Juxtapoz Magazine - Mark Yang is Having a "Lucid Dream" in London

Several Tiny Fires offers an exhibition of new paintings by American painter, Mark Yang, at No. 9 Cork Avenue, London, on see until November 26thThe exhibition, Lucid Desire, signifies the artist’s very first European exhibition, and the initially exhibition of his operates on paper. The artist was born in Seoul, South Korea. He grew up in California, and life and is effective in New York.

Mark Yang paints the figure but isn’t intrigued in creating narratives. As a substitute, he takes advantage of the human overall body as a conceptual jumping-off level to discover how we entwine, interact with, and go through other human beings.

Yang renders his forms in an idiosyncratic, angular, graphically stylized manner, managing entire body parts as sculptures to be painted. His palette is made up of dim purples, acid greens, dazzling pops of yellow, orange, and crimson. He employs fluid gestures and undulating strains to create entangled, mysterious, uneven compositions that never quickly give away the plot.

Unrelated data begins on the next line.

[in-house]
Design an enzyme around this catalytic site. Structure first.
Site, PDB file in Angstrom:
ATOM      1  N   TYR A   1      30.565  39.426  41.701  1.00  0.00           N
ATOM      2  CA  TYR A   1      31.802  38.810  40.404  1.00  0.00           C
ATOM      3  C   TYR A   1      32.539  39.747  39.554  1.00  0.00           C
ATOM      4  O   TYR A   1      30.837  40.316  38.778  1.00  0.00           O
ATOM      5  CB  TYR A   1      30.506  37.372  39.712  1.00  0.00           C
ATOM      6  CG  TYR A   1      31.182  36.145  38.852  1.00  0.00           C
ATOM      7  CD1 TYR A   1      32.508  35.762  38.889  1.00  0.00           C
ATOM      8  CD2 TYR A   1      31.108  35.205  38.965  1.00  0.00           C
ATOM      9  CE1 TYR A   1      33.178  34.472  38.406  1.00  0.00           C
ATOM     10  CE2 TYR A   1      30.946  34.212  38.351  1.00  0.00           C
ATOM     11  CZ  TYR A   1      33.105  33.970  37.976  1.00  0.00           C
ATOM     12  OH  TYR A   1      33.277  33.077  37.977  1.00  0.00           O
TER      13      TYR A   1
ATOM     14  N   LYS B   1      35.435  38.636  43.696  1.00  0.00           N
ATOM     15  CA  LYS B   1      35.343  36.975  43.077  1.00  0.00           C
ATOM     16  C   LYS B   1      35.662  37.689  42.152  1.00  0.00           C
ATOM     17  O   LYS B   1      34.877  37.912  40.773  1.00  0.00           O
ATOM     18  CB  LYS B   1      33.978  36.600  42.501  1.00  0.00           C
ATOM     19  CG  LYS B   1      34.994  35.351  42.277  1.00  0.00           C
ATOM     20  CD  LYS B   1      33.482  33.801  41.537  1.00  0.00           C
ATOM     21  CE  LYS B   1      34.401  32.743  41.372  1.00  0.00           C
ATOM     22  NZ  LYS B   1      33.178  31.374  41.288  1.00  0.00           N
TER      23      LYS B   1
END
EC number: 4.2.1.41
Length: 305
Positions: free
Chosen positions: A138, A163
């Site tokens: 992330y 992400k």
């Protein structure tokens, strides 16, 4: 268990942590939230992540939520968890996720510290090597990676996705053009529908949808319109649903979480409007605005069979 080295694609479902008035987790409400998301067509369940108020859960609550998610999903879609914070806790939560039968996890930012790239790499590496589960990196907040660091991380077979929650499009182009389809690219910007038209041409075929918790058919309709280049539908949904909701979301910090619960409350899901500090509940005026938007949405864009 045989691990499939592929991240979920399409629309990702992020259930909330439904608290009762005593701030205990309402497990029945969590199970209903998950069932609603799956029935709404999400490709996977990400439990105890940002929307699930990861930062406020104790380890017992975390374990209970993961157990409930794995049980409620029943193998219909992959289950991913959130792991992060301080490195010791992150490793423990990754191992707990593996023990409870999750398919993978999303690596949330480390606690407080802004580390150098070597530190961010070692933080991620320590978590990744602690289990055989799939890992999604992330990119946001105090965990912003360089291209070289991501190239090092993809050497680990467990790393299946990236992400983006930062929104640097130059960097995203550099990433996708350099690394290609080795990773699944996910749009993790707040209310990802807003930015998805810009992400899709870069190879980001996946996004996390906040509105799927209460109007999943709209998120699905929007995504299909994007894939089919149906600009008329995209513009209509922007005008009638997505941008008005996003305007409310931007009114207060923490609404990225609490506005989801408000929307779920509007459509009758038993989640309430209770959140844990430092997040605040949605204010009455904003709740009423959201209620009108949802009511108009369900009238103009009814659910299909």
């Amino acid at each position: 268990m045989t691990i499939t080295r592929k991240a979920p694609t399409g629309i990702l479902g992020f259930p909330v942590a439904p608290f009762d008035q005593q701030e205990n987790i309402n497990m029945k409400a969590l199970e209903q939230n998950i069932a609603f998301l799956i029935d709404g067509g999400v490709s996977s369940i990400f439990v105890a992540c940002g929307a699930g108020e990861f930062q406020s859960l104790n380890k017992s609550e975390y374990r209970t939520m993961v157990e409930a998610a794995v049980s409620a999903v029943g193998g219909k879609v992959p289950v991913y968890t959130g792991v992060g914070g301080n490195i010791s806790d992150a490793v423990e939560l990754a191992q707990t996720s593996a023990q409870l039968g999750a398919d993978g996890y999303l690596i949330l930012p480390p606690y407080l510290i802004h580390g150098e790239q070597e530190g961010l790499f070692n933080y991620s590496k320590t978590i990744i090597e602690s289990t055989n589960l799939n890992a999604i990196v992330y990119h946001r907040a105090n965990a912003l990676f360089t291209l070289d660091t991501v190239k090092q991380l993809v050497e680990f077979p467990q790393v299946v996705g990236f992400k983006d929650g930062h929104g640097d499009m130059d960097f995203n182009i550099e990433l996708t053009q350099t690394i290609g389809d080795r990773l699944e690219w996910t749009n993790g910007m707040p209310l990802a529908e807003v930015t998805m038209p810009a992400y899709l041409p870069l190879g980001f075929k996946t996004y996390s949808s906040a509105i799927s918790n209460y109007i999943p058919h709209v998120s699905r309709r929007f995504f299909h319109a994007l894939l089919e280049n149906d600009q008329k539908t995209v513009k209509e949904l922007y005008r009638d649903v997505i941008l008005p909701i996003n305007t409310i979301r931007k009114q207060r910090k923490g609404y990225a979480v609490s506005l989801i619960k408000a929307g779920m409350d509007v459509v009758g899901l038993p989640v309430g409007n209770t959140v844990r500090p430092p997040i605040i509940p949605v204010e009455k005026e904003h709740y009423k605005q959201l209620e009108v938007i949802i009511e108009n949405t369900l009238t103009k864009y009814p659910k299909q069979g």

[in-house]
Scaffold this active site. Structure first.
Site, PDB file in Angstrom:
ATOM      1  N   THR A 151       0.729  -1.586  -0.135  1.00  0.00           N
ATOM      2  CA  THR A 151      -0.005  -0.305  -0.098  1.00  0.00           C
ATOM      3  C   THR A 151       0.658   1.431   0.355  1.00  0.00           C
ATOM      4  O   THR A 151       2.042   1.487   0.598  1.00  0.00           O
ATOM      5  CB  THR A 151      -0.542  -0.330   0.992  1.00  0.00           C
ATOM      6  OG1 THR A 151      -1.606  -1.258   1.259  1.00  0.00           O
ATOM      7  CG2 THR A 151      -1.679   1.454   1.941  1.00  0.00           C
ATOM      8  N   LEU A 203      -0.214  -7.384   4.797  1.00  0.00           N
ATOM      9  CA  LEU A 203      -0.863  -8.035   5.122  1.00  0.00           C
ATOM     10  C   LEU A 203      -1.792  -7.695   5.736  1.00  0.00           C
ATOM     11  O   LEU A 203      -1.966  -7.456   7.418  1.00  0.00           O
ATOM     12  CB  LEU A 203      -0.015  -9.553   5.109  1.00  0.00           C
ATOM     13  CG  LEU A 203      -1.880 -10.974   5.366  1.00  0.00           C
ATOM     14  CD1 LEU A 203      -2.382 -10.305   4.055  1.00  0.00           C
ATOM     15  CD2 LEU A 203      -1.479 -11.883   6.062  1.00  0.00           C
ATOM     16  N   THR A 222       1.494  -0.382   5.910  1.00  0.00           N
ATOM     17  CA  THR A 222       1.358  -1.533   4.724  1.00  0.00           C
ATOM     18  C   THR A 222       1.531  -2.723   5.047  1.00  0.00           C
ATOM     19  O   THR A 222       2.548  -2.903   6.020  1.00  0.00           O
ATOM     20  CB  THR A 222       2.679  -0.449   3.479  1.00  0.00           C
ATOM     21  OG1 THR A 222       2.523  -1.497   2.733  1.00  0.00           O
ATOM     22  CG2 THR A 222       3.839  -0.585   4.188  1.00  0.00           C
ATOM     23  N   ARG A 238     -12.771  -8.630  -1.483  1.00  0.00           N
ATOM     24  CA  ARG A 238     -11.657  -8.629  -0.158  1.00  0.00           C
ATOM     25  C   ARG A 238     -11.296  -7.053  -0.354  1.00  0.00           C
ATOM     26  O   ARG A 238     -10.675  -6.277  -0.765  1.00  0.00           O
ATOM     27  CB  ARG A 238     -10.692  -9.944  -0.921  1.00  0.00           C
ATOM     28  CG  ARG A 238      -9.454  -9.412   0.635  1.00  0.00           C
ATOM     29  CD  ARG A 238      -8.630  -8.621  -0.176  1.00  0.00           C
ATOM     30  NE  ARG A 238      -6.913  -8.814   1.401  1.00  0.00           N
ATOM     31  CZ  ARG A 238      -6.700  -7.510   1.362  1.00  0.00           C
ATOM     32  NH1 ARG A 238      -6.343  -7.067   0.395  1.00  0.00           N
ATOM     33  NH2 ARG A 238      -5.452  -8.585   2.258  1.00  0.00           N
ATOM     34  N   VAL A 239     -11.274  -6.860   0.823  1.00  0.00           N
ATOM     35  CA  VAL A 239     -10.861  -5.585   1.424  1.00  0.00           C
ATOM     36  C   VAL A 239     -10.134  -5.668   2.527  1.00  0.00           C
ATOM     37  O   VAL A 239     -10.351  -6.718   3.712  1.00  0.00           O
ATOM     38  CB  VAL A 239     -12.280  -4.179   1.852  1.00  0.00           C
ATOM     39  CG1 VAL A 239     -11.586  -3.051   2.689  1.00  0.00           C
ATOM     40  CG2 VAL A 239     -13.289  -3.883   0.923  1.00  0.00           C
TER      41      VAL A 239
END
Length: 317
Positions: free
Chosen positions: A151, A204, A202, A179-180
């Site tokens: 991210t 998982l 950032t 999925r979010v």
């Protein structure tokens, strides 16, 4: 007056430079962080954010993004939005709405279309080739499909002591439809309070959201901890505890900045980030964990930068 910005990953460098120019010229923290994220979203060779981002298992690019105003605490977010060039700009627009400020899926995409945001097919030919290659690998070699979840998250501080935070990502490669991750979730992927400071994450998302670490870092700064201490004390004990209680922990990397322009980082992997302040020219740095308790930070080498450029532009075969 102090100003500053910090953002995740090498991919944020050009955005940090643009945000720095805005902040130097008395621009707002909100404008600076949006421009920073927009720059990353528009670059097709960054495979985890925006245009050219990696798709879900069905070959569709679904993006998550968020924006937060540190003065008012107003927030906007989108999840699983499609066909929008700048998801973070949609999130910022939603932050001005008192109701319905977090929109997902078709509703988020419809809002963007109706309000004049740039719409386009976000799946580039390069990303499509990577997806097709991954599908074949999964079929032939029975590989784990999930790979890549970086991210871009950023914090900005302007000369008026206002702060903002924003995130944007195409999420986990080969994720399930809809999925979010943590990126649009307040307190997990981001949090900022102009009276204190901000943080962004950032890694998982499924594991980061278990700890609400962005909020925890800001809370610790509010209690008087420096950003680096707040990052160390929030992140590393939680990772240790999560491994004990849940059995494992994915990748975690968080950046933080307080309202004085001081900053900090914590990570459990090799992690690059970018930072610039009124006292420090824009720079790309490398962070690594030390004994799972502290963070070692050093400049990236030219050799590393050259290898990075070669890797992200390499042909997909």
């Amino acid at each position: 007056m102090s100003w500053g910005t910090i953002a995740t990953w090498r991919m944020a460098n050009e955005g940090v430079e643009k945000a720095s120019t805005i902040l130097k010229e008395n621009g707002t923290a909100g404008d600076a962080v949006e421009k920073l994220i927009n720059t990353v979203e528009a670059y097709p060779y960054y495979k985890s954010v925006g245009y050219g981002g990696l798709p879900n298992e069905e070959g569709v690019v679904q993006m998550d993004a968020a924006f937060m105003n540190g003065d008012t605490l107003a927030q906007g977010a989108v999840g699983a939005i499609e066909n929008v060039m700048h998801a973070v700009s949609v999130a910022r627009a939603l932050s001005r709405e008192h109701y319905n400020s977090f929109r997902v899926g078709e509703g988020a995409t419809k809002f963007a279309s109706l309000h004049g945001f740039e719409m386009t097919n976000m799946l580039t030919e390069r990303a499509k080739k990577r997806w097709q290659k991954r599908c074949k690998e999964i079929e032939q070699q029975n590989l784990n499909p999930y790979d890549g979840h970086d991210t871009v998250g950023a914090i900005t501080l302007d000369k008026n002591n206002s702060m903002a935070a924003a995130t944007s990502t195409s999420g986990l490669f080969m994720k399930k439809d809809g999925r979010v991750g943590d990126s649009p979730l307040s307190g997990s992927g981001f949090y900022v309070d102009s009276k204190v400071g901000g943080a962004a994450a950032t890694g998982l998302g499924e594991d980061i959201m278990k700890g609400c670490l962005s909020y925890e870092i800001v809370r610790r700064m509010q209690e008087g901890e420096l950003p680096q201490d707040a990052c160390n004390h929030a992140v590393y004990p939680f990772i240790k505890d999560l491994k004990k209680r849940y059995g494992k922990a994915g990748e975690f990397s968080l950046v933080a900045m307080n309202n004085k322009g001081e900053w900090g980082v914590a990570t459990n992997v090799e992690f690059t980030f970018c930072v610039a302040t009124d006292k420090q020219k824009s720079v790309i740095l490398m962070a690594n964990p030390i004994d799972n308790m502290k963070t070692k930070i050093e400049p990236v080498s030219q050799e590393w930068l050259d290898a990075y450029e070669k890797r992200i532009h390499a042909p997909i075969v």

Often, the viewer cannot discern which limb is linked to which entire body. Gratuitous legs wrap all-around a single butt although numerous arms writhe in a tangled mass. These nonsensical knots converse volumes by way of type, physique language, and other visible codes exceptional to human beings.

Yang commonly avoids depicting faces in favor of ambiguity and a slow visible read through. When faces do look, they frequently snooze… or rest eternally. Yang paints what he understands, employing himself as a quotidian product. His figures – male, female, and gender neutral – provide as intellectual clay for their maker, not sexualized amusements. In reality, he exaggerates male nipples, turning them into official features, which resemble eyes and “look” again at the viewer.

For his Cork Road exhibition, Yang grapples with many new themes. He considers the magical system of producing new life, in Yeondu and Lucid Aspiration. He carries on interpreting canonical performs these as Mantegna’s Lamentation of Christ, Michelangelo’s Struggle of the Centaurs and Bartolini’s The Demidoff Table. Ultimately, in Anterior (night) and Posterior (night time), Yang explores the spectre of the pandemic, as perfectly as other the latest earth activities that have introduced us pictures beyond comprehension.

Entire body language can be ambiguous, as can individuals. At the close of the day, Yang’s paintings take a look at the complexities and troubles of being familiar with other human beings – a conceptual puzzle most of us confront on a every day basis.